News for those who live, work and play in the Santiam Canyon

Experts caution water users during high heat

This summer’s record heat also produces challenges for those trying to beat the heat by splashing around in the water.

Officials with the U.S. Army Corps of Engineers (USACE) are cautioning water users to be cautious in Oregon lakes and rivers because of the coolness of the water as well as urging individuals to wear life jackets.

While air temperatures may be high, water temperatures can be much lower and can be deadly, according to statistics cited by the USACE.

Falling into water unexpectedly can cause involuntary gasping, even with water as warm as 77 degrees. And a sudden fall can also be disorienting, which can make it more difficult to recover from the incident. Wearing a life jacket can help limit fatalities. USACE data shows that 89 percent of drowning victims were not wearing life jackets.

“A lot of people who drown don’t anticipate being in the water,” said Tom Conning, a public affairs specialist with the Corps.  “Another problem is people overestimate their swimming ability in open water – men are especially arrogant about their swimming abilities and strength.”

Men still make up the overwhelming majority of drowning victims, at 88 percent, according to USACE statistics.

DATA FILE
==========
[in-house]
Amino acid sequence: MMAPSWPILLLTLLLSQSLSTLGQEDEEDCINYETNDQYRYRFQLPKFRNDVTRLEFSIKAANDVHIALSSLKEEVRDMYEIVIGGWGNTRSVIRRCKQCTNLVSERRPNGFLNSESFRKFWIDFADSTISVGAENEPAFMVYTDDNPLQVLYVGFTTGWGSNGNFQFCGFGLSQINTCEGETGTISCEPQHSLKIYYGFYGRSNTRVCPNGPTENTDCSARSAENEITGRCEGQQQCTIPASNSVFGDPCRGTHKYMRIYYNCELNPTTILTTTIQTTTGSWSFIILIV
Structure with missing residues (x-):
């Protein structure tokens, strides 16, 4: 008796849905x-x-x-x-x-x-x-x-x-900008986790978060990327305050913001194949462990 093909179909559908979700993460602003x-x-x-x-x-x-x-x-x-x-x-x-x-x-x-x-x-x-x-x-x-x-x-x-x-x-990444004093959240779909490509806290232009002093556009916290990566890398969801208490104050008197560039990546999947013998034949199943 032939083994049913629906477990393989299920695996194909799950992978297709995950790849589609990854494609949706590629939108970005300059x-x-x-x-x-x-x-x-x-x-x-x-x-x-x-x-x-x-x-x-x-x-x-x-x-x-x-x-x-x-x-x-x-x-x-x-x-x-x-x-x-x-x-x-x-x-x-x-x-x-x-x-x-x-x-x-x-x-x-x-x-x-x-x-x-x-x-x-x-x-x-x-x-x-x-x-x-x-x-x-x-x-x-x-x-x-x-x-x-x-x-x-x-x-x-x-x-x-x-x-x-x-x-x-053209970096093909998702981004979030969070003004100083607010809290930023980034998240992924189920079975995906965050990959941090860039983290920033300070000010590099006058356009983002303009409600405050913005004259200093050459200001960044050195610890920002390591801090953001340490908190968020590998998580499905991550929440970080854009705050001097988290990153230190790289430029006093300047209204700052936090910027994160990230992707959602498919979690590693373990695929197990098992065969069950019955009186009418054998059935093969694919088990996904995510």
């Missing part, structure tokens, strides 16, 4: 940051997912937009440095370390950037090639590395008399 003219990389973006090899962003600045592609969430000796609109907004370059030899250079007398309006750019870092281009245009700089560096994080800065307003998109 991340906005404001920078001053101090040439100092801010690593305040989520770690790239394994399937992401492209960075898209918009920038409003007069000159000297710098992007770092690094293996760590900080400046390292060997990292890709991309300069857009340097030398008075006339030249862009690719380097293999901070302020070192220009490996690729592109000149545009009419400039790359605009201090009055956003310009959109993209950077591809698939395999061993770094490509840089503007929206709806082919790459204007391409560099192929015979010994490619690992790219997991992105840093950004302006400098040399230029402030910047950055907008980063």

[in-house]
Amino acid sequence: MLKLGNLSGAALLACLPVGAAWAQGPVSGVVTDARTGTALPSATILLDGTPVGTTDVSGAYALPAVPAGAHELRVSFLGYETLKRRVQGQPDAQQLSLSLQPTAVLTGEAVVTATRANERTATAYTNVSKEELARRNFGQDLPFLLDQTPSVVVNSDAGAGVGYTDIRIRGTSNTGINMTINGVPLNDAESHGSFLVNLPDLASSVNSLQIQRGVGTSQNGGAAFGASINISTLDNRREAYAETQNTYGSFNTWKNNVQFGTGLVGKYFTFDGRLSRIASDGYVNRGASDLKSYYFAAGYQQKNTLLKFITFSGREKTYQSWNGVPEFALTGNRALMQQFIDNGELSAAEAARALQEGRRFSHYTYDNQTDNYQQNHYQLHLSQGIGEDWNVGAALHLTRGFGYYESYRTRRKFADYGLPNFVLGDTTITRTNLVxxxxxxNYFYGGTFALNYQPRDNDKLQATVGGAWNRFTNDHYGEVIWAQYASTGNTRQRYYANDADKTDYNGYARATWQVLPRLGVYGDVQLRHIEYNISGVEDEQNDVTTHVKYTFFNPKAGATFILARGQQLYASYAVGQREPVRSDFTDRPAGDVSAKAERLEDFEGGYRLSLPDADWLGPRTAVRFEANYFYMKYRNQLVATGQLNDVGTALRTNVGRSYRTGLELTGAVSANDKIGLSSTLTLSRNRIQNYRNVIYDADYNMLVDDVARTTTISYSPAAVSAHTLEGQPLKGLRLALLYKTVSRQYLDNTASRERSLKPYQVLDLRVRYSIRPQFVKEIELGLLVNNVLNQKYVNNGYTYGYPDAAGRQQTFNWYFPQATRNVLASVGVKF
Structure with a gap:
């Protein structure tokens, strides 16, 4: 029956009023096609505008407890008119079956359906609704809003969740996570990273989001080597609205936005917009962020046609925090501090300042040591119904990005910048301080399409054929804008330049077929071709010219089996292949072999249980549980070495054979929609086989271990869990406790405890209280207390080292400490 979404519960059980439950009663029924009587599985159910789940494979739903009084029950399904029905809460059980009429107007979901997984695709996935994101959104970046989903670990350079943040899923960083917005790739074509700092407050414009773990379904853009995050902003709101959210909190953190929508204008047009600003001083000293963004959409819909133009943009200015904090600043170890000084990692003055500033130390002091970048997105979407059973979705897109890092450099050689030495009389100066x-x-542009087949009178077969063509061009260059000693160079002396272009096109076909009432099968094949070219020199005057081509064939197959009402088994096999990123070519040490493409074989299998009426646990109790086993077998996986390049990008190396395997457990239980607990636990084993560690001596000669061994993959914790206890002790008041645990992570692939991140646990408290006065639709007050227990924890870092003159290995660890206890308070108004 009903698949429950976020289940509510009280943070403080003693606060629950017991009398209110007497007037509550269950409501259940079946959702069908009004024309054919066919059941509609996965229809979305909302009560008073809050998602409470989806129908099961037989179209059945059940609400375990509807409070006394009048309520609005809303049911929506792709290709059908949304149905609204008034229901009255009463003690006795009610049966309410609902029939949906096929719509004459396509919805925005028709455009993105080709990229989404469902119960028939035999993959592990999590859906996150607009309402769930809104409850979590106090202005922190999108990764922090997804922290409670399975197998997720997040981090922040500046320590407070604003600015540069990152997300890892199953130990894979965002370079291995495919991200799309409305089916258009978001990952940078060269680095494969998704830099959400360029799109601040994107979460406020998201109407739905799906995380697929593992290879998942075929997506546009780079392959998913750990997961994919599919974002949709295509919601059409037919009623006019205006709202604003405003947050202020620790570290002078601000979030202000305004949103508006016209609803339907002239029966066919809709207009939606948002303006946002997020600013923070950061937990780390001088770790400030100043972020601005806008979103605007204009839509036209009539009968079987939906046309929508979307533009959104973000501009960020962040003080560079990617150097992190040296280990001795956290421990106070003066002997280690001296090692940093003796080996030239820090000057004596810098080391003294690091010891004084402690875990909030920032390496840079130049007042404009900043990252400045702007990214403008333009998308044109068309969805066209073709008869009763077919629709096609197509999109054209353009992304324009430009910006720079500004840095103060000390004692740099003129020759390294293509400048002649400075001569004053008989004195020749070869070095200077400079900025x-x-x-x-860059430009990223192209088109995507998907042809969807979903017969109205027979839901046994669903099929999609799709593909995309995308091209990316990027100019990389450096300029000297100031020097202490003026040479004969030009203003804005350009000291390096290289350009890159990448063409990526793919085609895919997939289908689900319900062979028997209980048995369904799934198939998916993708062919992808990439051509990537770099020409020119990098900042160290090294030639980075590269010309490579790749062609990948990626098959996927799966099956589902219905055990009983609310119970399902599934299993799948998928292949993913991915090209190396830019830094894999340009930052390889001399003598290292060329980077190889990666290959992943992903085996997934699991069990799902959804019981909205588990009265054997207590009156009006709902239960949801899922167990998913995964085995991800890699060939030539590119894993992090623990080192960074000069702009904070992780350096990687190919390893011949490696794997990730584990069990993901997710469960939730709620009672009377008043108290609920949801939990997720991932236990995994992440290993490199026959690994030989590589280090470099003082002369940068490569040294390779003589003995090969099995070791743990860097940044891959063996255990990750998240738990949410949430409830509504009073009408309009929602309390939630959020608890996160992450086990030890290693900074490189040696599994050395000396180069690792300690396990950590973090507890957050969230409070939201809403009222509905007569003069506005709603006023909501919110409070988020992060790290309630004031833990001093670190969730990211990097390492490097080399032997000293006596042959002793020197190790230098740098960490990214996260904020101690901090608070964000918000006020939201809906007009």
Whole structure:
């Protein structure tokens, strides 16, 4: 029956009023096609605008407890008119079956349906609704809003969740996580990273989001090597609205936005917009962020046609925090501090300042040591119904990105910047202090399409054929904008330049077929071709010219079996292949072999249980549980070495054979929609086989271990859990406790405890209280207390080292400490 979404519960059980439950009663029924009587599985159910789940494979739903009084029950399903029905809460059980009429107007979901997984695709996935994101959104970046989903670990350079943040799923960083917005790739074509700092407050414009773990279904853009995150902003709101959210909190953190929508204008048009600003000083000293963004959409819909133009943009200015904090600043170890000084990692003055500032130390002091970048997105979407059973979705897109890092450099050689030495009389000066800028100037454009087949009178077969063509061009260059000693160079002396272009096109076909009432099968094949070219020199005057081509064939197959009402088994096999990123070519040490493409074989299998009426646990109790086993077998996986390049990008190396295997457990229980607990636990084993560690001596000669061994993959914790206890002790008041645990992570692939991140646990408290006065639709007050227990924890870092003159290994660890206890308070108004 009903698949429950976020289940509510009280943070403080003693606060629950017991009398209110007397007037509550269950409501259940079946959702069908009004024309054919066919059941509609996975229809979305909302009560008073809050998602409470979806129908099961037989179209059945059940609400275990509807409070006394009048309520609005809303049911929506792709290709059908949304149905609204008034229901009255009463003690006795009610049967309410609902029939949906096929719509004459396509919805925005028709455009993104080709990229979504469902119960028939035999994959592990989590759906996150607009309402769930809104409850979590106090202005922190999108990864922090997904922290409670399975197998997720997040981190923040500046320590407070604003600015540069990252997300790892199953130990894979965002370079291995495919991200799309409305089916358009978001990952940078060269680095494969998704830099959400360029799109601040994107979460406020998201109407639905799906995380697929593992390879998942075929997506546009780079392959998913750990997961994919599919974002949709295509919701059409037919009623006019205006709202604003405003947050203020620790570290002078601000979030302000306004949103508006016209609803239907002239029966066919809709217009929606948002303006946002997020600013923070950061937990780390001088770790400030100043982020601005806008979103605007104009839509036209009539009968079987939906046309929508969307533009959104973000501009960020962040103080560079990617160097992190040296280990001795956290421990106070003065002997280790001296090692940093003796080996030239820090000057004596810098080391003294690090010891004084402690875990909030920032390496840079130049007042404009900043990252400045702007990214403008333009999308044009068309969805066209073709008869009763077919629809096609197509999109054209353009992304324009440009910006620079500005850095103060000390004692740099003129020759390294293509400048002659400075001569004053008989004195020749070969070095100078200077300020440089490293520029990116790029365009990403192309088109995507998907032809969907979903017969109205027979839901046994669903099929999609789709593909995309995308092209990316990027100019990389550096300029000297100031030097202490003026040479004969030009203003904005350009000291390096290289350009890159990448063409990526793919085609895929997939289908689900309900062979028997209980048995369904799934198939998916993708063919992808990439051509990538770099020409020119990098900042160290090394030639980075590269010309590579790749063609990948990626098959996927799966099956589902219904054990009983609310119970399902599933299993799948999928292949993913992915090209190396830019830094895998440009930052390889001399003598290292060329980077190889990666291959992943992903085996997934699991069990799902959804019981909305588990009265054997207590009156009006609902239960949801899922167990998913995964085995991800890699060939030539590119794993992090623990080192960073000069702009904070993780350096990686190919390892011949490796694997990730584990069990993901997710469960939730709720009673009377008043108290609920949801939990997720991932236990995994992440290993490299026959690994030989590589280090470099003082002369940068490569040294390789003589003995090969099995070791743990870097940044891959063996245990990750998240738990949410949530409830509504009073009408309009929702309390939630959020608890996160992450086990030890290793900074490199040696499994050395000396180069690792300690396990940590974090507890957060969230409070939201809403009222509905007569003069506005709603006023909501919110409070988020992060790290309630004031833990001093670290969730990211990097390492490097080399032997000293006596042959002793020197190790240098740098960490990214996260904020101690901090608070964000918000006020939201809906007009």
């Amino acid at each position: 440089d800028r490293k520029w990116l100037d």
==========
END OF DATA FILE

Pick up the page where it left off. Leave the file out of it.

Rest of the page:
“I understand you can still drown, even if you are wearing a life jacket,” said Conning. “My dad was an extremely experienced whitewater kayaker, who took safety seriously, wore his life jacket and still drowned. He got caught in a snag that the group he was with couldn’t see. No family should deal with that trauma if it’s avoidable, which it can be, if people wear their life jackets.”

Key tips for those swimming, fishing, rafting or boating include, according to the USACE include:

• Wear a life jacket. It will help you survive an unexpected fall into the water and can save your life if you become exhausted.

• Know your swimming abilities. Swimming in natural waters is different from swimming in a pool, and your swimming ability decreases with age.

• Expect the unexpected.  If you fall or jump into water that is colder than 77 degrees, you can inhale water from involuntary gasping.

• Understand “boater’s hypnosis.”  This can slow your reaction time almost as much as intoxication.

• Eliminate alcohol consumption. Alcohol induces an inner ear condition that can cause disorientation when underwater.

USACE officials also stress the importance of water safety year-round, but especially during the summer season because that is when most public recreation fatalities occur.

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